Chiron Return

by Rachel Creager Ireland

Let’s get this out in the open: I rush to publish earlier than is probably advisable. Last week I published a poem that I edited twice in the next two days, then revised it so substantially that it should probably get another post altogether.

If I come across as half-assed, and valuing my work beyond its worth, I’m okay with that. That’s what blogging’s all about, right? Take it or leave it.

But it appears some people actually do like my poetry. For you, enjoy.

 

Chiron Return

Did Chiron get fed up with the body
he’d been issued, that stubbornly refused
to heal? Did the master healer hope,
month after month, to find an efficacious
blend of herbs to stanch the bleeding,
or did he know this injury
would be the downfall of a demigod?
Did he struggle to comprehend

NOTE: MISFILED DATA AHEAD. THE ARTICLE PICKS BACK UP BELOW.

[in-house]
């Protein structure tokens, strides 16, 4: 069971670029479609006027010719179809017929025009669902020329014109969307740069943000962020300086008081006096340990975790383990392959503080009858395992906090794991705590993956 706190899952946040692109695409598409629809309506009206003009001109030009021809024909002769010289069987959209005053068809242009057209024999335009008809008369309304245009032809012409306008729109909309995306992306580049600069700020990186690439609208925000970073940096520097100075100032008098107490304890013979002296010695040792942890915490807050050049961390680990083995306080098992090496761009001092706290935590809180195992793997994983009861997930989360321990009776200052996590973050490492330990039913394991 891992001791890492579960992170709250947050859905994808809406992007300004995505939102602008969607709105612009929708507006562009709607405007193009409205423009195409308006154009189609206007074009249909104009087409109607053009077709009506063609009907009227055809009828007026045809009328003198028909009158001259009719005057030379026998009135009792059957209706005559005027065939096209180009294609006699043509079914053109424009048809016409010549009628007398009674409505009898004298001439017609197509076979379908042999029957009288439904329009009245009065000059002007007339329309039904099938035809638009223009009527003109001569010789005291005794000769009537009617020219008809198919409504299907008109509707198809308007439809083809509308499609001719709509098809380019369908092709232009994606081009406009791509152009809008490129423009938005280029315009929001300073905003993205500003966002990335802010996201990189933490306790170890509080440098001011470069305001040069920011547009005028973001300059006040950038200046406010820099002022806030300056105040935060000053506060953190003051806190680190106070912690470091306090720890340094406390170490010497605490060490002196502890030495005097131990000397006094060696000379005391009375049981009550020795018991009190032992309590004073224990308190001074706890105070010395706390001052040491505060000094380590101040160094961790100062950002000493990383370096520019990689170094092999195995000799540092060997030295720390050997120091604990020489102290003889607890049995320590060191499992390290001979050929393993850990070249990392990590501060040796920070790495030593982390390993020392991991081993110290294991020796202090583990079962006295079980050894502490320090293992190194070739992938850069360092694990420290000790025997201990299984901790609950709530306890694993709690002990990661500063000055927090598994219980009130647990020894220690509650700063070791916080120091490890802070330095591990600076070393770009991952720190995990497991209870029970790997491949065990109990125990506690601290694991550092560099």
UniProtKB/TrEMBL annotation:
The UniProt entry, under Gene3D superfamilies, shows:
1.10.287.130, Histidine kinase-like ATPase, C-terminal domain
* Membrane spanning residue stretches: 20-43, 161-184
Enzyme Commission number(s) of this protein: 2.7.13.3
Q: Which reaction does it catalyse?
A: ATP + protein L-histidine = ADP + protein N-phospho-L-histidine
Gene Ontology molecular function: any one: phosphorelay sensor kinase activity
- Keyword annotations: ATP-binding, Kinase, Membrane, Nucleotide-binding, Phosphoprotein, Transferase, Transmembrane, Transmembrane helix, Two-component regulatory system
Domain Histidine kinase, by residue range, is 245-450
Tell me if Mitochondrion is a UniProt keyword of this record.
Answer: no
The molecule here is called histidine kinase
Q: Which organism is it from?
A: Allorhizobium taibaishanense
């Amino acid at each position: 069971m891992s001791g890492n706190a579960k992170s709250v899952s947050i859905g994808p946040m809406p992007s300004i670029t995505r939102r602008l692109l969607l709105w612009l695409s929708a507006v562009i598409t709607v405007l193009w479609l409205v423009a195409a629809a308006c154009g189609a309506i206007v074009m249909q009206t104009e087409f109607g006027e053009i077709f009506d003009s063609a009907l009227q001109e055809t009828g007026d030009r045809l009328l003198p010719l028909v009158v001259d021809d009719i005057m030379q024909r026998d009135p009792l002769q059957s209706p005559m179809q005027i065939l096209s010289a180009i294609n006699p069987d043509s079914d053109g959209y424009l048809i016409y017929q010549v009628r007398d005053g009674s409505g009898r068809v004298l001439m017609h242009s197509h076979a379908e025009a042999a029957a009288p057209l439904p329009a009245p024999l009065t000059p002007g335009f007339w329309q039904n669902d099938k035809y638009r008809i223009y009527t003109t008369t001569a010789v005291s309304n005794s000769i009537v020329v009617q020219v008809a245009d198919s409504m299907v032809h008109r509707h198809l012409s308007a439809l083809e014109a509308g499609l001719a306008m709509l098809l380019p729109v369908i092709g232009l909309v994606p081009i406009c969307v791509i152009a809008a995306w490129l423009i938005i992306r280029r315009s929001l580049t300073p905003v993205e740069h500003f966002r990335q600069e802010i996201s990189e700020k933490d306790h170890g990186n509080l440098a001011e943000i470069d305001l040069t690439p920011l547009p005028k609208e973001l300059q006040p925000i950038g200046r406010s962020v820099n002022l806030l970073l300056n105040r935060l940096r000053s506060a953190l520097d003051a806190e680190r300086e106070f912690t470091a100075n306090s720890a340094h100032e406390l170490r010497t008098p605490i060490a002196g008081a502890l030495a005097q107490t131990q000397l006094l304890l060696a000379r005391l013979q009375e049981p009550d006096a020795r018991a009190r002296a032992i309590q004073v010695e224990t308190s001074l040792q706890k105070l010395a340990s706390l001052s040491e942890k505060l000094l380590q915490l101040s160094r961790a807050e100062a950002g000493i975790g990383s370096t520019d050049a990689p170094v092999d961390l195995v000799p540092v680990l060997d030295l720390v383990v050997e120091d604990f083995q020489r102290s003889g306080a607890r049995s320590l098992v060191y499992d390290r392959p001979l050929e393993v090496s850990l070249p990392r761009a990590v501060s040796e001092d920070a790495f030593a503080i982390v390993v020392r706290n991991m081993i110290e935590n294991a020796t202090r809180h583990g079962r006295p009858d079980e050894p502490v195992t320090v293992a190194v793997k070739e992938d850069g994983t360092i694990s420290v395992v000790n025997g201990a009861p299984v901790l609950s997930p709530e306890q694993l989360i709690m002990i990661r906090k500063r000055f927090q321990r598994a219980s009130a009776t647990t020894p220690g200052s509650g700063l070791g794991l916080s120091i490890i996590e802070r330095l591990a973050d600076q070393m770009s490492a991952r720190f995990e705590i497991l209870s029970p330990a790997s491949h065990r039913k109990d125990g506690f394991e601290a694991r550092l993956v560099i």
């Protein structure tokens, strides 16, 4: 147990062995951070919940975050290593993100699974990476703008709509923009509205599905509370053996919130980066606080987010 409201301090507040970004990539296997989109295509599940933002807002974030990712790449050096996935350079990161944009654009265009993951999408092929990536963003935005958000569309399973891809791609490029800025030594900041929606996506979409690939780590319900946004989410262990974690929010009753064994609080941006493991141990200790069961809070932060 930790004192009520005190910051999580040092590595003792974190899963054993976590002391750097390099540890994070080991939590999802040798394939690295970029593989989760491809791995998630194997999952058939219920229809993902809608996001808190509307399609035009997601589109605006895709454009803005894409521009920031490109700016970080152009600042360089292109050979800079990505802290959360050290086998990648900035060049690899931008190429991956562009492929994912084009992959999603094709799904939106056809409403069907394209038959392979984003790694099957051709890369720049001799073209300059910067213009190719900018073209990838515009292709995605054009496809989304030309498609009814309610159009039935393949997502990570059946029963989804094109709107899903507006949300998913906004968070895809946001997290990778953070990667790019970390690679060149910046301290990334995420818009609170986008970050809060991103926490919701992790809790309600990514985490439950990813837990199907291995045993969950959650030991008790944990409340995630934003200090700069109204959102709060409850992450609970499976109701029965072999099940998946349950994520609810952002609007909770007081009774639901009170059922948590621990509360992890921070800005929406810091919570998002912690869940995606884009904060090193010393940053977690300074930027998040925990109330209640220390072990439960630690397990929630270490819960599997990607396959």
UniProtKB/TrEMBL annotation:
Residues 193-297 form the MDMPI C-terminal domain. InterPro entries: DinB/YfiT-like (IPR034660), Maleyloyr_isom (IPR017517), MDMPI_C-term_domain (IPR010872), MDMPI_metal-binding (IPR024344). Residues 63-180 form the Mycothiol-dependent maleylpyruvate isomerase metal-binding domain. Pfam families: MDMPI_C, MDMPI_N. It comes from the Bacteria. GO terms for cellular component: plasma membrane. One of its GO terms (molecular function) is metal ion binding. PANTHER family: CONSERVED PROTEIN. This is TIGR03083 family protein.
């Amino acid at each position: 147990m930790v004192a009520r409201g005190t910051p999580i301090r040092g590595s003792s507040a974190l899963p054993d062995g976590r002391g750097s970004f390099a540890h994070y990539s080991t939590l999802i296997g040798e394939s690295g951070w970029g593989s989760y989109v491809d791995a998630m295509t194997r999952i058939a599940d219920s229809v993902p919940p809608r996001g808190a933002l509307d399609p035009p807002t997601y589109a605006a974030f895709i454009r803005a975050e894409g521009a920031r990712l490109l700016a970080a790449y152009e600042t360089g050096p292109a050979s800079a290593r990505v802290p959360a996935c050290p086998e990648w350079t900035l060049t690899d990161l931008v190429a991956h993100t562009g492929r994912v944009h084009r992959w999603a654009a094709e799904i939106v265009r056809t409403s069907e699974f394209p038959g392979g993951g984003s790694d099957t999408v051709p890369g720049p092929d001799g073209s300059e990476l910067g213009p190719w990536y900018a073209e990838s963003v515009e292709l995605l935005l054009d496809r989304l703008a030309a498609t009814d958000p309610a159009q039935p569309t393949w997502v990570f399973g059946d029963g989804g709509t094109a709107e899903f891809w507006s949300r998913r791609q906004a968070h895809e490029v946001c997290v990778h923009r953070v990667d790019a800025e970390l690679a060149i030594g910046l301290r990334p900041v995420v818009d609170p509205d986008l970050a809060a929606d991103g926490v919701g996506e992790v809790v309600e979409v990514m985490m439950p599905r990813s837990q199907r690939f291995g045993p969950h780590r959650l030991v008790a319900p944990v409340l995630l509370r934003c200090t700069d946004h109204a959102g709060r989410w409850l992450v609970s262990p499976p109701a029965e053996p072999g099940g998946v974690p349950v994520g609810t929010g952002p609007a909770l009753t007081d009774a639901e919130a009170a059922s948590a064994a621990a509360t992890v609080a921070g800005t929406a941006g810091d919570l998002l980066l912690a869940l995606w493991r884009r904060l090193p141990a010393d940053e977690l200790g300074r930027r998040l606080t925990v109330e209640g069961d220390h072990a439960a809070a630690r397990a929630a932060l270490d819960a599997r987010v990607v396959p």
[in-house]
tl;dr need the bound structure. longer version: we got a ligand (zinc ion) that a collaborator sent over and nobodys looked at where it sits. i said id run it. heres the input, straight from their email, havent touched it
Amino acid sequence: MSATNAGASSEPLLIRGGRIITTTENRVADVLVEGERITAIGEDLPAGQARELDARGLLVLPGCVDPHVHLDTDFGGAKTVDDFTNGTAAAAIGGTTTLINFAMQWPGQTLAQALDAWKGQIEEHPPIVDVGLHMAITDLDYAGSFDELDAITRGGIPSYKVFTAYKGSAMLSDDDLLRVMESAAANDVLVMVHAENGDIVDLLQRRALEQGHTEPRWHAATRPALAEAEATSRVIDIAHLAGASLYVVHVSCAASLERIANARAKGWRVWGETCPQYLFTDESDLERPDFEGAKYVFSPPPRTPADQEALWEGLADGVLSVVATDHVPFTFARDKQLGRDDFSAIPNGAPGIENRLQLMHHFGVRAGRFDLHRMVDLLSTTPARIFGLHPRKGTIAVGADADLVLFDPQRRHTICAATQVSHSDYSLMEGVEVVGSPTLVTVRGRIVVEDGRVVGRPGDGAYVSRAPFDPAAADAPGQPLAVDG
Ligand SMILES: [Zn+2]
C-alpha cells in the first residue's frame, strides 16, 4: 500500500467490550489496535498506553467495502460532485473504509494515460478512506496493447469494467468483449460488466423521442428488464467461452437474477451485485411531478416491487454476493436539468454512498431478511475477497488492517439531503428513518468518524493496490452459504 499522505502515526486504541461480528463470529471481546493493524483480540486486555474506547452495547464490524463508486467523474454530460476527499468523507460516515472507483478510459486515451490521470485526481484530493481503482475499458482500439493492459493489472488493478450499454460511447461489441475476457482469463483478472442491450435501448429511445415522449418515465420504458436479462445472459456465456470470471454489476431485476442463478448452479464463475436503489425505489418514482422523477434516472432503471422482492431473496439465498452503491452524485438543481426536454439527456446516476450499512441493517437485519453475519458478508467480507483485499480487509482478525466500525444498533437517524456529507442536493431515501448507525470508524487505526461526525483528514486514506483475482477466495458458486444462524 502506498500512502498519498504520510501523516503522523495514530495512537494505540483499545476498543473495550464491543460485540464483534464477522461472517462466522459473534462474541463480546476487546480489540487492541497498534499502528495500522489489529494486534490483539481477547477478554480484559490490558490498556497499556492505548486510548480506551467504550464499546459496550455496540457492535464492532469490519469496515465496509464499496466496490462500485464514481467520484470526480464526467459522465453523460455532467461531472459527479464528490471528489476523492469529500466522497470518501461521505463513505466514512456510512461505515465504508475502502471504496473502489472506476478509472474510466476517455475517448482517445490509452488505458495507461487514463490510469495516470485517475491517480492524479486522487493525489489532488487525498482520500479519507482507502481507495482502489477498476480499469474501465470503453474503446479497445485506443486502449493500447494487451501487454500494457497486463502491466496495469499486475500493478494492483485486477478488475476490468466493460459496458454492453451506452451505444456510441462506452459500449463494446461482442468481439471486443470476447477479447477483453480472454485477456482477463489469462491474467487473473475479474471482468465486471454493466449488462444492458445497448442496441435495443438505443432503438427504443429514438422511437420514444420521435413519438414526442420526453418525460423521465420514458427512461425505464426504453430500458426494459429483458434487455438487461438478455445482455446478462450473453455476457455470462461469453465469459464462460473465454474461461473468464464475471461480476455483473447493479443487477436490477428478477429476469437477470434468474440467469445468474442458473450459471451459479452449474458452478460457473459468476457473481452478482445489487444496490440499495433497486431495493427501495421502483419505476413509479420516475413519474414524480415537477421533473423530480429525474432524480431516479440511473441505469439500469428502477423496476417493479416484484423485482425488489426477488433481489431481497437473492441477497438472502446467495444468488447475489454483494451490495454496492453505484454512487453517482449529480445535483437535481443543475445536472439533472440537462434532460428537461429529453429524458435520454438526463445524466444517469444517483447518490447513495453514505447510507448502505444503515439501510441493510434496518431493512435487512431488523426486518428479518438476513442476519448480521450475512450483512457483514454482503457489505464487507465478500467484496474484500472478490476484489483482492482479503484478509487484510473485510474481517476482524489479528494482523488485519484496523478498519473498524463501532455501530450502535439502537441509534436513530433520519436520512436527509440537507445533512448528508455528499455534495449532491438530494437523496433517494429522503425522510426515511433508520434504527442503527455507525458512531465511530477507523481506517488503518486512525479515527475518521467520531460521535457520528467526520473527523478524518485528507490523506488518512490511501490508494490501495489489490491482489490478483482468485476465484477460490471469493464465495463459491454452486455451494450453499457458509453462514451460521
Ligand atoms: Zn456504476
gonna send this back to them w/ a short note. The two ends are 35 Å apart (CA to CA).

the incongruity of a wounded immortal?

Was he annoyed to hear humans claim
as identity afflictions that ought to have
healed decades ago? “I hate to cough because
sixty years ago I had pertussis.”

Did he see the forty-nine-year-old woman
with the heavy bleeding, the torpid thyroid,
incontinent bladder, presbyopia, insomnia,
and toothache—close his eyes, feel the throbbing
of his own nagging wound, and think,
this is what it’s like to be mortal?

Palermo house

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